Inhaled beta2 agonists, such as albuterol (Proventil), are used to control acute attacks of asthma and are prescribed to be used “as needed.” Several studies have shown that some patients benefit from use of short-acting agonists whereas others do beta2 not.22,44 This variation in response is partly explained by the alteration in the amino acid sequence of the protein or altered transcription of the beta2 receptors. Patients with the beta2 receptor arginine genotype experience poor asthma control with frequent symptoms and a decrease in scores on forced expiratory volume in one second compared with patients who have the glycine genotype.22,45 Studies show that 17 percent of whites and 20 percent of blacks carry the arginine genotype.46
Leukotriene (LT) modifiers (e.g., zileuton [Zyflo], montelukast [Singulair], zafirlukast [Accolate]) block the 5-lipoxygenase (5-LO) and LTC4 synthase pathways, preventing leukotriene-mediated bronchoconstriction.47,48 Only a minority of patients benefit from treatment with LT receptor agonists. Polymorphism in 5-LO and LTC4 synthase pathways has been identified (Table 410,16–25 ). Approximately 5 percent of patients with asthma have the 5-LO polymorphism. Patients who had the 5-LO polymorphism showed a greater improvement in their lung function with zafirlukast therapy compared with patients who had the normal 5-LO genotype. Similarly, polymorphisms in the LTC4 synthase gene may predispose a person to asthma. Patients with the variant LTC4 synthase genotype have higher levels of cysteinyl leukotrienes, which have been linked with severe asthma. The use of LT modifiers in this population may be beneficial.24,49
Variation in the genes involved in the biologic action of inhaled corticosteroids may explain the variability to response and adverse effects to inhaled corticosteroids. Polymorphisms in corticotropin-releasing hormone receptor-1 and T-box expressed in T cells have been associated with improved response in patients with asthma.50,51 Although these findings are promising in predicting therapeutic response to asthma medication, their usefulness in clinical practice is still under investigation.
Warfarin dosing can be challenging because of its narrow therapeutic index and the serious risk of bleeding with overdosage. Typically, warfarin dosing is individualized based on sex, age, vitamin K intake, drug interactions, and disease states. Dosing adjustments are made according to the desired International Normalized Ratio. Environmental and genetic factors can influence warfarin response. Several studies have focused on CYP2C9 polymorphisms to explain patient variability with warfarin therapy. Only about 10 percent of dosage variation in warfarin can be explained by CYP2C9 polymorphisms.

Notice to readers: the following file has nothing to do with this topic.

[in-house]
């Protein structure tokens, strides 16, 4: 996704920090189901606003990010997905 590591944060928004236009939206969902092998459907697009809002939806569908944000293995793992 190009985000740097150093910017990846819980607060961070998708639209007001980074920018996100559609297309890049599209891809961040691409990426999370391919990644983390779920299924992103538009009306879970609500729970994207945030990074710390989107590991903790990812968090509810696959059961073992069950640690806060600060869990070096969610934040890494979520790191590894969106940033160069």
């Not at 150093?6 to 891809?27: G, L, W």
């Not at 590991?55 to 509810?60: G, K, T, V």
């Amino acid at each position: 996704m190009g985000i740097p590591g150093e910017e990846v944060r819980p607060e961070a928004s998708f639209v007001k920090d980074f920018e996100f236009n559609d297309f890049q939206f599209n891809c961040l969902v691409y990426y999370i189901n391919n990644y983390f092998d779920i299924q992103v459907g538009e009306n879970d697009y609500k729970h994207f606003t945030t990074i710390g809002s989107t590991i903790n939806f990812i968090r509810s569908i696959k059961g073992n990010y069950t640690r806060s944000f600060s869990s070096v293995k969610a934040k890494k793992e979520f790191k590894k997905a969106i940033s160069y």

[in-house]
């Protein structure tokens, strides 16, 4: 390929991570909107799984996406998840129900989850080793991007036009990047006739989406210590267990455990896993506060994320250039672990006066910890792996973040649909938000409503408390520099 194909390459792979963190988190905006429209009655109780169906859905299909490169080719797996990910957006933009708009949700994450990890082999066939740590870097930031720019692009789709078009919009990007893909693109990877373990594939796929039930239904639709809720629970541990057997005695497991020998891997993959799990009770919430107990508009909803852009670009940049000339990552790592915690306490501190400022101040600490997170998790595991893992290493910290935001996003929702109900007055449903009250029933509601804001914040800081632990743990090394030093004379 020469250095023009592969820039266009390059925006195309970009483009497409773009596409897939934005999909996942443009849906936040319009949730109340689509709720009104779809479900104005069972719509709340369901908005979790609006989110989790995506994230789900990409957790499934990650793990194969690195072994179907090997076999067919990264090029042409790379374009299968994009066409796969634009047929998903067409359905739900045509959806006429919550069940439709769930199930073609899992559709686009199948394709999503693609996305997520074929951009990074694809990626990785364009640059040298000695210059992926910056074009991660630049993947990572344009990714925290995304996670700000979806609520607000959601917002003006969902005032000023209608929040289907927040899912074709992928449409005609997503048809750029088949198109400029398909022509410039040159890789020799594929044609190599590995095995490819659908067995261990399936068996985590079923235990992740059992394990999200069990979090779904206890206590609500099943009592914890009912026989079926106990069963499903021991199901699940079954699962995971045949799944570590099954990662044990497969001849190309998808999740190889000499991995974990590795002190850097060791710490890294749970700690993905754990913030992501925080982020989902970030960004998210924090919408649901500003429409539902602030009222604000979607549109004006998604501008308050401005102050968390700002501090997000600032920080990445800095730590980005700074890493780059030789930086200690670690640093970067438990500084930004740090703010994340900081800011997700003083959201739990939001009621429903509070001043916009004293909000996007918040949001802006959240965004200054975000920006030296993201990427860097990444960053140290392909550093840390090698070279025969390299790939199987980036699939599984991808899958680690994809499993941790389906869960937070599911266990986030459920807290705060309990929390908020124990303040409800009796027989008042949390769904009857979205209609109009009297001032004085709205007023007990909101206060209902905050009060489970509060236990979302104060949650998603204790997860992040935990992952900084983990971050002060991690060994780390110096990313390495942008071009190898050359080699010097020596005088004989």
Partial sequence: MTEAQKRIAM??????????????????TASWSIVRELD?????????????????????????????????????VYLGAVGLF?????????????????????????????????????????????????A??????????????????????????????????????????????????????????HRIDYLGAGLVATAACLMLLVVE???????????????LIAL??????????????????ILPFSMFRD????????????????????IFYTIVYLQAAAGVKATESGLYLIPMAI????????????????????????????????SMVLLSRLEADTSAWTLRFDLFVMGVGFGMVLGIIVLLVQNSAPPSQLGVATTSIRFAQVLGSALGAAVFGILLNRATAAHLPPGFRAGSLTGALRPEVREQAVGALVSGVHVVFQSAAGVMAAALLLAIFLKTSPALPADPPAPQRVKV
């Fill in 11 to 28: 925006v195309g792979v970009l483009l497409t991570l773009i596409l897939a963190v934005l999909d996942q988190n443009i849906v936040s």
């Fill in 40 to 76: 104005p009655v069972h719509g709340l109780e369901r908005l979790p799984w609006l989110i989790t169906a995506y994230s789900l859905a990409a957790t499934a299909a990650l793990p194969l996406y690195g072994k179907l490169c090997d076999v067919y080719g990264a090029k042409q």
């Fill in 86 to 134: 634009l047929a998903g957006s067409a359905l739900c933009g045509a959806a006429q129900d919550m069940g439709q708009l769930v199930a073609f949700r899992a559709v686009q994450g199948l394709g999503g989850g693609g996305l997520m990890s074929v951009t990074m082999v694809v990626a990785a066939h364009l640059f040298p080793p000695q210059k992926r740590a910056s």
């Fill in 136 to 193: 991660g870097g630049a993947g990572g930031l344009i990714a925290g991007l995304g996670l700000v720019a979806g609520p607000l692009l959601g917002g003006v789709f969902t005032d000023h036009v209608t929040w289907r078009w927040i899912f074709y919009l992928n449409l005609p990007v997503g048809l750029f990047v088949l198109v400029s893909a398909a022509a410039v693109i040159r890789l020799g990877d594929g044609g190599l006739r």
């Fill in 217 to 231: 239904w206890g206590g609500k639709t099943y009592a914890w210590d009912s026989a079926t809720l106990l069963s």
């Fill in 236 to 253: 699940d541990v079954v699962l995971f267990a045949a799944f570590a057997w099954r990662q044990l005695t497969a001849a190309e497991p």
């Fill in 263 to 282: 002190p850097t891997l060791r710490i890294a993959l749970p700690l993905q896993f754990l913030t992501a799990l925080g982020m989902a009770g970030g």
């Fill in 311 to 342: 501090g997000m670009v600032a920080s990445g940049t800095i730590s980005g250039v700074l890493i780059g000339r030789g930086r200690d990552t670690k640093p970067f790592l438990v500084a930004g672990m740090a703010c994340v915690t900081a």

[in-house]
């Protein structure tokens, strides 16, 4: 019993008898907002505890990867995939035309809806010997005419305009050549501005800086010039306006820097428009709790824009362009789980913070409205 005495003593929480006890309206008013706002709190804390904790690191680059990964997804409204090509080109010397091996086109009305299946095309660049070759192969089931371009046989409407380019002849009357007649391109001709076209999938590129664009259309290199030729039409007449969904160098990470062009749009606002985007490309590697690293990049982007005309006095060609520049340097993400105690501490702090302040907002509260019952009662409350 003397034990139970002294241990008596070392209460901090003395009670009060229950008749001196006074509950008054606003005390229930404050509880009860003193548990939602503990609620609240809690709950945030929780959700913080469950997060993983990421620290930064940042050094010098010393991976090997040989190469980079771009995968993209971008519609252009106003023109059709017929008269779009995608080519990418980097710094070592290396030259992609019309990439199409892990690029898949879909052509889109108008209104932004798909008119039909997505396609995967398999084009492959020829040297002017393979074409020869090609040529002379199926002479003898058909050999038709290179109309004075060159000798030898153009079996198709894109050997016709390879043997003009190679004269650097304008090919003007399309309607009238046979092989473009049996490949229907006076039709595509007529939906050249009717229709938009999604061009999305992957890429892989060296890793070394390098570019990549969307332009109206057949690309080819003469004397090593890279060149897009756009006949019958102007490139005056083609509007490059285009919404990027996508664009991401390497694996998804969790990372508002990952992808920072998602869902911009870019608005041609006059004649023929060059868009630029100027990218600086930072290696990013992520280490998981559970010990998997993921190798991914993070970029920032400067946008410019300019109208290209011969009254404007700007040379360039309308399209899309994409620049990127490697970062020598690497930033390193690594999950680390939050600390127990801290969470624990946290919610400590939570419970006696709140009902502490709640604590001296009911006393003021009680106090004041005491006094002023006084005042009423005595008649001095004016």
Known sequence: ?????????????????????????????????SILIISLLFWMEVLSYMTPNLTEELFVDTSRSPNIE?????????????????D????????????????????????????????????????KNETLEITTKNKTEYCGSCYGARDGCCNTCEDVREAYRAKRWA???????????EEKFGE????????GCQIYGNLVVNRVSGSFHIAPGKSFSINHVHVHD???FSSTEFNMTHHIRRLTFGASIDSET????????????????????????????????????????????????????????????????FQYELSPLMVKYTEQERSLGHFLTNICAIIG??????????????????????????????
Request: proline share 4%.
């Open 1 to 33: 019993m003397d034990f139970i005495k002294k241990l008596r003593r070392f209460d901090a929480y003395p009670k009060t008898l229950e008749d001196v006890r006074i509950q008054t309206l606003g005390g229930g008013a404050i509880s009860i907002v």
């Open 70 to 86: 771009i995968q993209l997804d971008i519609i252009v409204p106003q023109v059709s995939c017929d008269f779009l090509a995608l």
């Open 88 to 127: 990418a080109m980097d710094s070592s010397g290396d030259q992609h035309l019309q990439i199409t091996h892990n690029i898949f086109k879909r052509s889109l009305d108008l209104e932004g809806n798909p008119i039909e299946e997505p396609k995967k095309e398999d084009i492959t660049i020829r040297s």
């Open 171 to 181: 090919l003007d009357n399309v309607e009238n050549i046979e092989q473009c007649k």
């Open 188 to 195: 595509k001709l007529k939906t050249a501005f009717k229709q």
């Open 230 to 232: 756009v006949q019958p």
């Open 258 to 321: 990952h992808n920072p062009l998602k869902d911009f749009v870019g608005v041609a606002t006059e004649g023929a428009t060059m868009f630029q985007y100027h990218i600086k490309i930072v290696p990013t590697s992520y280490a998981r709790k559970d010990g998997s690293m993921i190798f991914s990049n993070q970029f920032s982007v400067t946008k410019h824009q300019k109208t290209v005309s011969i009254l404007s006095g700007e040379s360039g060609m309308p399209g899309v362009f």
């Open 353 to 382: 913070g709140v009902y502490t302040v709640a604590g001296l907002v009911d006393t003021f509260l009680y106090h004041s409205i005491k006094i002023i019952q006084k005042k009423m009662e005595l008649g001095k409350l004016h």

Warfarin exerts its anticoagulant effectsby inhibiting hepatic vitamin K epoxide reductase, an enzyme involved in the synthesis of various clotting factors. Polymorphisms in the vitamin K epoxide reductasecomplex subunit 1 (VKORC1) gene havebeen identified and are believed to contribute to the variability in warfarin responsiveness.10 Understanding environmental and genetic factors will allow the physician to more accurately dose warfarin and improve anticoagulation control.
Limitations of the Current Literature on Pharmacogenomics
Most pharmacodynamic studies have been relatively small and the populations studied are not always well characterized. Ethnic categories (e.g., Asians, blacks, whites) include persons from widely diverse geographic and sociocultural backgrounds with varying genetic composition, and the results might not apply to all members of each ethnic population. Typically, pharmacokinetic variability is no greater than pharmacodynamic variability; however, in most studies, only selected pharmacokinetic parameters were examined.
Use of genotyping is more accurate than race or ethnic categories to identify variations in drug response.52 Unlike other influences on drug response, genetic factors remain constant throughout life. The use of pharmacogenetic information to support drug selection and dosing is emerging. Commercial testing is available for drug-metabolizing enzymes and some pharmacodynamic targets such as VKORC1, stromelysin-1, and apolipoprotein E.53,54 Prospective genetic testing would be beneficial for drugs for which a clear genotype-response relationship has been demonstrated, such as warfarin (CYP2C9, VKORC1) and proton pump inhibitors (CYP2C19). The U.S. Food and Drug Administration has suggested relabeling warfarin to include genetic information to guide initial dosing.55